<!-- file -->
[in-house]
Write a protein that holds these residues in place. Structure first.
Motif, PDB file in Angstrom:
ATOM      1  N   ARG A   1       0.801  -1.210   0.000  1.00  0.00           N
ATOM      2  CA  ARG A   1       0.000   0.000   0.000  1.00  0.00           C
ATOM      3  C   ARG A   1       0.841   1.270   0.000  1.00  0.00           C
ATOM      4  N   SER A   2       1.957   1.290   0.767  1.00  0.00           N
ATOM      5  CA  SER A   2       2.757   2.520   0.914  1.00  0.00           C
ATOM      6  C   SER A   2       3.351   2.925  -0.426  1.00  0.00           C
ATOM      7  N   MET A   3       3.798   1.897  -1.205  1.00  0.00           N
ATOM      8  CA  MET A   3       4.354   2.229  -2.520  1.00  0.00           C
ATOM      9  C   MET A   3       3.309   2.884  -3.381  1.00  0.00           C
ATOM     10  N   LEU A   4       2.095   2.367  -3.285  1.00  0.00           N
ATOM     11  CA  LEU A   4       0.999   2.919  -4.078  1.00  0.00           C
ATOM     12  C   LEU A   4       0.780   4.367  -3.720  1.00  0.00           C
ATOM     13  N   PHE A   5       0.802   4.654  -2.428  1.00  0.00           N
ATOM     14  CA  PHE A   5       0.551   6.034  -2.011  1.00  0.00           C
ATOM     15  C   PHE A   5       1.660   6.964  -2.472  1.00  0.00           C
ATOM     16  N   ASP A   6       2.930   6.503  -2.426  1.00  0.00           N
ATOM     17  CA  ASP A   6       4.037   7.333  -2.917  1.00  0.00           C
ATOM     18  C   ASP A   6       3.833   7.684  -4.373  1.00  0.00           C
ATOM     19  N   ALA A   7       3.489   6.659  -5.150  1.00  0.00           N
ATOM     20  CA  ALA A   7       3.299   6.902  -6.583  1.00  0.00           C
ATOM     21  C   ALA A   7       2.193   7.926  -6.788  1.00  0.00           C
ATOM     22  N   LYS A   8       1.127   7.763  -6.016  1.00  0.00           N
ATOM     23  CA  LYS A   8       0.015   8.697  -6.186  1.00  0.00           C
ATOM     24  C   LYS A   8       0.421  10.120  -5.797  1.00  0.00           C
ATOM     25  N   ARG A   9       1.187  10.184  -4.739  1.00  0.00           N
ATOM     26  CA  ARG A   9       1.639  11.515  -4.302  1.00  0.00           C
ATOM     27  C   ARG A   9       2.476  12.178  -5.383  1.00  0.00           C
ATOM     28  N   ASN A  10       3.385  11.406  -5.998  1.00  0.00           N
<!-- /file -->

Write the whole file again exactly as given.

[in-house]
Write a protein that holds these residues in place. Structure first.
Motif, PDB file in Angstrom:
ATOM      1  N   ARG A   1       0.801  -1.210   0.000  1.00  0.00           N
ATOM      2  CA  ARG A   1       0.000   0.000   0.000  1.00  0.00           C
ATOM      3  C   ARG A   1       0.841   1.270   0.000  1.00  0.00           C
ATOM      4  N   SER A   2       1.957   1.290   0.767  1.00  0.00           N
ATOM      5  CA  SER A   2       2.757   2.520   0.914  1.00  0.00           C
ATOM      6  C   SER A   2       3.351   2.925  -0.426  1.00  0.00           C
ATOM      7  N   MET A   3       3.798   1.897  -1.205  1.00  0.00           N
ATOM      8  CA  MET A   3       4.354   2.229  -2.520  1.00  0.00           C
ATOM      9  C   MET A   3       3.309   2.884  -3.381  1.00  0.00           C
ATOM     10  N   LEU A   4       2.095   2.367  -3.285  1.00  0.00           N
ATOM     11  CA  LEU A   4       0.999   2.919  -4.078  1.00  0.00           C
ATOM     12  C   LEU A   4       0.780   4.367  -3.720  1.00  0.00           C
ATOM     13  N   PHE A   5       0.802   4.654  -2.428  1.00  0.00           N
ATOM     14  CA  PHE A   5       0.551   6.034  -2.011  1.00  0.00           C
ATOM     15  C   PHE A   5       1.660   6.964  -2.472  1.00  0.00           C
ATOM     16  N   ASP A   6       2.930   6.503  -2.426  1.00  0.00           N
ATOM     17  CA  ASP A   6       4.037   7.333  -2.917  1.00  0.00           C
ATOM     18  C   ASP A   6       3.833   7.684  -4.373  1.00  0.00           C
ATOM     19  N   ALA A   7       3.489   6.659  -5.150  1.00  0.00           N
ATOM     20  CA  ALA A   7       3.299   6.902  -6.583  1.00  0.00           C
ATOM     21  C   ALA A   7       2.193   7.926  -6.788  1.00  0.00           C
ATOM     22  N   LYS A   8       1.127   7.763  -6.016  1.00  0.00           N
ATOM     23  CA  LYS A   8       0.015   8.697  -6.186  1.00  0.00           C
ATOM     24  C   LYS A   8       0.421  10.120  -5.797  1.00  0.00           C
ATOM     25  N   ARG A   9       1.187  10.184  -4.739  1.00  0.00           N
ATOM     26  CA  ARG A   9       1.639  11.515  -4.302  1.00  0.00           C
ATOM     27  C   ARG A   9       2.476  12.178  -5.383  1.00  0.00           C
ATOM     28  N   ASN A  10       3.385  11.406  -5.998  1.00  0.00           N